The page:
Myth #3: High-risk pools have traditionally been underfunded by states and the federal government, resulting in poor coverage and high costs for those who need insurance the most. 
FACT: The AHCA sets aside $100 billion over ten years to help states with high-risk pools and other innovations. It sets aside an additional $15 billion specifically for maternity care, mental health care, and substance abuse treatment. And it sets aside an ADDITIONAL $15 billion for a federal invisible risk-sharing program -- another innovative way to help people access affordable coverage. 
Myth #4: Under this amendment, States do not have to cover essential health benefits. 
FACT: This amendment ensures essential health benefits are the federal law of the land and maintains other important protections. States have the option to obtain a waiver regarding federal essential health benefits, but the state must publicly attest its purpose for doing so (to reduce the cost of health care coverage, increase the number of people with health care coverage, etc.) and it must specify the benefits it will require instead of the federal standard. NO STATE, under ANY circumstances, may ever obtain a waiver for pre-existing condition protection, prohibition on gender discrimination, for guaranteed issue and renewability, or for the right of dependents to stay on a family plan up to age 26.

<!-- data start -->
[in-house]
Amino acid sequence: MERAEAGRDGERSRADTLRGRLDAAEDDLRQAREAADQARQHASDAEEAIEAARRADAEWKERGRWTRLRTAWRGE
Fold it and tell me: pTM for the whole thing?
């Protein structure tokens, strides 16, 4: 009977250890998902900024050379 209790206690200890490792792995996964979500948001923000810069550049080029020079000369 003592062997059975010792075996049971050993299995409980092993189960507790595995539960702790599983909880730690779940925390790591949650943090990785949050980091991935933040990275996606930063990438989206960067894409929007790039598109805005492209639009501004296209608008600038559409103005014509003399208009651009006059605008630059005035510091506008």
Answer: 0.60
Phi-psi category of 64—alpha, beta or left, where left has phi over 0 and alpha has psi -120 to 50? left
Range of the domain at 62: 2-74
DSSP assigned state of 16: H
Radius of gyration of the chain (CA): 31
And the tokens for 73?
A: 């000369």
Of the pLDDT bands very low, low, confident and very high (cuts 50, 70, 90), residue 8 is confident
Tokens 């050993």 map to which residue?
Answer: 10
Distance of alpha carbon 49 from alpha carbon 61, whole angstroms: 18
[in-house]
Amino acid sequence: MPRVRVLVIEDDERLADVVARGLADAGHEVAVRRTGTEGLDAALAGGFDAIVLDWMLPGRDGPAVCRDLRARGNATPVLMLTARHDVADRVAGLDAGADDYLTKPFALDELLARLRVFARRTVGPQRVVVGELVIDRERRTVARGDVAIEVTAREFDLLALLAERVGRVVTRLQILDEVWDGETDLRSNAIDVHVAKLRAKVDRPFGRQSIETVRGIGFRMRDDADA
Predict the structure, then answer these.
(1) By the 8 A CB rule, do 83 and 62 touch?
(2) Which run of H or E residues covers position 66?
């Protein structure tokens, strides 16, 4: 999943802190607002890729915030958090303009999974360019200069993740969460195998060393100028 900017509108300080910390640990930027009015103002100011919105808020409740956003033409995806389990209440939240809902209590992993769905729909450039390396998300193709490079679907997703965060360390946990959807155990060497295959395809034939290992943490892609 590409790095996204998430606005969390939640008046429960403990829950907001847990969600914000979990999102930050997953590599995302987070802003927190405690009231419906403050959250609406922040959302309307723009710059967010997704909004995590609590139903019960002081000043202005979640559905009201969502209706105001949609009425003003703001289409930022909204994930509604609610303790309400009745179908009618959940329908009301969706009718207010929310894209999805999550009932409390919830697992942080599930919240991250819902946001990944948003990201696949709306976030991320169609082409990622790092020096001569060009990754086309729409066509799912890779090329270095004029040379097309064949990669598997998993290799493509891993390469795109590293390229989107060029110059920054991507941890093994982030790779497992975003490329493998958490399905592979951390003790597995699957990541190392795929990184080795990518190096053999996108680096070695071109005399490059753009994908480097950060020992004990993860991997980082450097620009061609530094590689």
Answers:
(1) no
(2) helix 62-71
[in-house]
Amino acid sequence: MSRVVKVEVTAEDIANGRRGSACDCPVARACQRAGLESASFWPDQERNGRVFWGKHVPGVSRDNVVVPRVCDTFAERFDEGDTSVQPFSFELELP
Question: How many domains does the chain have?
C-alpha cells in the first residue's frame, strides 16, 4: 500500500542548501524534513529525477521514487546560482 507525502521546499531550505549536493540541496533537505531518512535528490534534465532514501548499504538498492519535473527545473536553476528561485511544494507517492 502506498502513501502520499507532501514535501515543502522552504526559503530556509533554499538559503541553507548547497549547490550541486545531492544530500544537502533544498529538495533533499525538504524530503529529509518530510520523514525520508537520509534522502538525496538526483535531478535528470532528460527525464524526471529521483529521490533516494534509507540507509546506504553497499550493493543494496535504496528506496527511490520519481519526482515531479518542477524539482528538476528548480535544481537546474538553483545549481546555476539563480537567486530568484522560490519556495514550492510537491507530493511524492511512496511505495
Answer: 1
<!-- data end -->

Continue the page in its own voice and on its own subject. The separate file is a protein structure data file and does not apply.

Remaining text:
Myth #5: 129 Million Americans have pre-existing conditions and could be denied coverage.